Go slow, take your time
If you want your dream to be
Build it slowly and surely.
Small beginnings, greater ends
Heartfelt work grows purely.
If you want to live life free
Take your time, go slowly.
Do few things but do them well
Simple joys are holy.*
The first doodle Go slow, take your time echoes the sentiment of Donovan Leitch’s Little Church, in turn echoing words attributed to St Francis of Assisi.
Nothing lasting or worthwhile can be grown quickly, yet “Quickly” is often where we find ourselves.
Beneath the surface of our lives, however, the person we’re becoming over a lifetime is growing more slowly.
Our deepest calling is to grow into our authentic selfhood, whether or not it conforms to some image of who we ought to be.**
The quality of our attention to what is happening here determines just how we’ll grow: that we will grow is our nature; how we will grow is our nurture.
Slowing down to notice more of our uniqueness makes it possible to understand how we do not exist in some fixed state. At this slow level of our lives, things are more plastic, we have more choice: adjacent possibilities out from our talents, values and energies.
When we do find ourselves feeling fixed or stuck, it’s more likely the result of limiting the number of environments in which we can grow: a problem often created by speed.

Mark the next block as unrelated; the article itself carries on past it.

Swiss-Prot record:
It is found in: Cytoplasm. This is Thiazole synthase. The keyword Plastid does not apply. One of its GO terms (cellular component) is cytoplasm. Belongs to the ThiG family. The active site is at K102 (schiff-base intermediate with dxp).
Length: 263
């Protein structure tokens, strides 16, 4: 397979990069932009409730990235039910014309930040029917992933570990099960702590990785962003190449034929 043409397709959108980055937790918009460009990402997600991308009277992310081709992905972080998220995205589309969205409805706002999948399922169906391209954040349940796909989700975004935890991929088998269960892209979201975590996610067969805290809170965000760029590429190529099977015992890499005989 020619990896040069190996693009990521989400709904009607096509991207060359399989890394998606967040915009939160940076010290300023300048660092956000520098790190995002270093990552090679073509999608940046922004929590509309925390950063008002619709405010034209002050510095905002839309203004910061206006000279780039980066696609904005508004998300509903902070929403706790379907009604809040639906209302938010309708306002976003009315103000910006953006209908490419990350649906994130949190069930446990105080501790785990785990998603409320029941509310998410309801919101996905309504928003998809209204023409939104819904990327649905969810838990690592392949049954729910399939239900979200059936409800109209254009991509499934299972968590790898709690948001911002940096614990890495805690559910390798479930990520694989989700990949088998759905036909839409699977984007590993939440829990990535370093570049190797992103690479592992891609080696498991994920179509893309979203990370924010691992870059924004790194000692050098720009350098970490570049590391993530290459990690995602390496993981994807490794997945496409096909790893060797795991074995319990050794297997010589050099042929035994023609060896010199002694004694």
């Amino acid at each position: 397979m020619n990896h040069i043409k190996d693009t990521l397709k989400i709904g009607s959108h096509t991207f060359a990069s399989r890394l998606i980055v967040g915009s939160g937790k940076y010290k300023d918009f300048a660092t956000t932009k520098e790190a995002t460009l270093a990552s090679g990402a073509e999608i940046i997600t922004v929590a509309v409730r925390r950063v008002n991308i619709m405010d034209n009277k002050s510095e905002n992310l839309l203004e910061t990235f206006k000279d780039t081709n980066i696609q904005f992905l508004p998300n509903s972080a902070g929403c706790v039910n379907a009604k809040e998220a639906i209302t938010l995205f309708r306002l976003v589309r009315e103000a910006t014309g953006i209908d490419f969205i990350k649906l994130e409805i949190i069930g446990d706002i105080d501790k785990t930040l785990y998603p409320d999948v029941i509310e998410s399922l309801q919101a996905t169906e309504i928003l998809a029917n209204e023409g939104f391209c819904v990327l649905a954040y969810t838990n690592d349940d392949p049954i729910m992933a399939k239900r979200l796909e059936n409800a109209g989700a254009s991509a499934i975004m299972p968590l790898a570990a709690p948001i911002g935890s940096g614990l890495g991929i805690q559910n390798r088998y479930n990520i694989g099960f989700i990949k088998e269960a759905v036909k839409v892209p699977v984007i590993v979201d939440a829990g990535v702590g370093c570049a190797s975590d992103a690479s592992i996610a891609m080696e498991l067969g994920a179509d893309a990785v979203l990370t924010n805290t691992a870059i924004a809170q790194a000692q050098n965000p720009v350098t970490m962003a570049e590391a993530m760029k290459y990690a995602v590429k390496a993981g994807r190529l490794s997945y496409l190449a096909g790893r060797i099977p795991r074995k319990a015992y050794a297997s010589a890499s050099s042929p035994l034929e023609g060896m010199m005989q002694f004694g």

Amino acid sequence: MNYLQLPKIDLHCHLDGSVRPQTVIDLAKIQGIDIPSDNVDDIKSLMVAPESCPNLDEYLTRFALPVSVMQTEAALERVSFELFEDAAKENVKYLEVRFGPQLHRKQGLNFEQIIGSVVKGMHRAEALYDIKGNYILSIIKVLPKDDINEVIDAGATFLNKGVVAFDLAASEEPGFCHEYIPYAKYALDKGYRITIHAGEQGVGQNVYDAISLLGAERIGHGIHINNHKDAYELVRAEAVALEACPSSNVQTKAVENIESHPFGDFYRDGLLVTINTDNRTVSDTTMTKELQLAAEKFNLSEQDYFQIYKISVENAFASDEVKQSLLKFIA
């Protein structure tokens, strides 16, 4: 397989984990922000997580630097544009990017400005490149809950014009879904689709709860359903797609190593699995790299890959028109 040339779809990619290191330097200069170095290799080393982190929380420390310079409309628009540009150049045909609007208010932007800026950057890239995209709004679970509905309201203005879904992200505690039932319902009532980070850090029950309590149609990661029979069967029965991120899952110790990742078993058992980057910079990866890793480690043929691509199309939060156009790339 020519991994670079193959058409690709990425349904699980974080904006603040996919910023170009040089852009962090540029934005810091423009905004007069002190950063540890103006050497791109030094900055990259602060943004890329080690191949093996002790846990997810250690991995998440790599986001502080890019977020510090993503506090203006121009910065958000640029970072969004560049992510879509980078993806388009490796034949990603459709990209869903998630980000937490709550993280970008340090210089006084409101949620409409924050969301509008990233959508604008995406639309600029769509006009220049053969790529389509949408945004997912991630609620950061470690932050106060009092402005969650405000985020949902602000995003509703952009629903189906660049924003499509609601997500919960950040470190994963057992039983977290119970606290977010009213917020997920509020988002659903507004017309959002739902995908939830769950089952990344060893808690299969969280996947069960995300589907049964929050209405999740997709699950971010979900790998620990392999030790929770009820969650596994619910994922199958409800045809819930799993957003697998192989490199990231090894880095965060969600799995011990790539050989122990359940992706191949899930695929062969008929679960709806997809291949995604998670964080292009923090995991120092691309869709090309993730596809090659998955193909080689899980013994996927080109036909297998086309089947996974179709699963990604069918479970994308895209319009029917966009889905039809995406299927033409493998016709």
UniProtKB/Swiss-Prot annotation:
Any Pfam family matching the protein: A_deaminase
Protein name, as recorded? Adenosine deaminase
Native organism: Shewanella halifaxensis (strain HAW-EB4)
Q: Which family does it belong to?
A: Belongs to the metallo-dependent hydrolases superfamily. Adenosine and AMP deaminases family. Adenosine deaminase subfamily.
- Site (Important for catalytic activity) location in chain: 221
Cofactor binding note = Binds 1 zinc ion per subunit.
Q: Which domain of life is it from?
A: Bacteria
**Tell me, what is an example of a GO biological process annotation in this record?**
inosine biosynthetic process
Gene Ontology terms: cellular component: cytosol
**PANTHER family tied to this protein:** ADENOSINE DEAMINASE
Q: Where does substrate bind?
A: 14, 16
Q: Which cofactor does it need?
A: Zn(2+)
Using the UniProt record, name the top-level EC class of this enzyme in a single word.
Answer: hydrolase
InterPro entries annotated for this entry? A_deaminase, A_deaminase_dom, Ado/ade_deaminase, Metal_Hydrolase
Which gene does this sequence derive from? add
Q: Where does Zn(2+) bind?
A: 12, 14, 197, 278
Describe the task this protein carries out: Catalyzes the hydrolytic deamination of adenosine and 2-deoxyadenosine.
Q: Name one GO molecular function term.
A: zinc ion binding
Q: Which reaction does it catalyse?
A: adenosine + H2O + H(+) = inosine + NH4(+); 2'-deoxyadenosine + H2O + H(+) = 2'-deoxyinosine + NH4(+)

I am appreciating slowness more than ever. I read slowly. I enjoy slow conversations. I prefer pen and ink and paper. I walk, sometimes very slowly.
When I find myself mindlessly rushing some task or action, I try to slow down and turn my attention more to the intricacies of what I’m doing – sometimes it even works!
Slow isn’t where I spend all my time, but living slower moments has a helpful impact on me, and I hope on others.
Slowness is where we begin. When we are slow, we notice more; when we notice more, we are better resourced; when we are better resourced, we are more effective.
SOMETHING TO DO: Towards this, find your own slowness, being playful whilst exploring breathing, looking, listening, touching and smelling more slowly.
You may wish to try John Cage’s concept of 4’ 33” by setting a timer for that amount of time and simply listening, or watching, or breathing deeply and slowly in a slow place you’ve found.
Then create your own doodle to express slowness using a phrase that comes to you or a slowness quote that you love.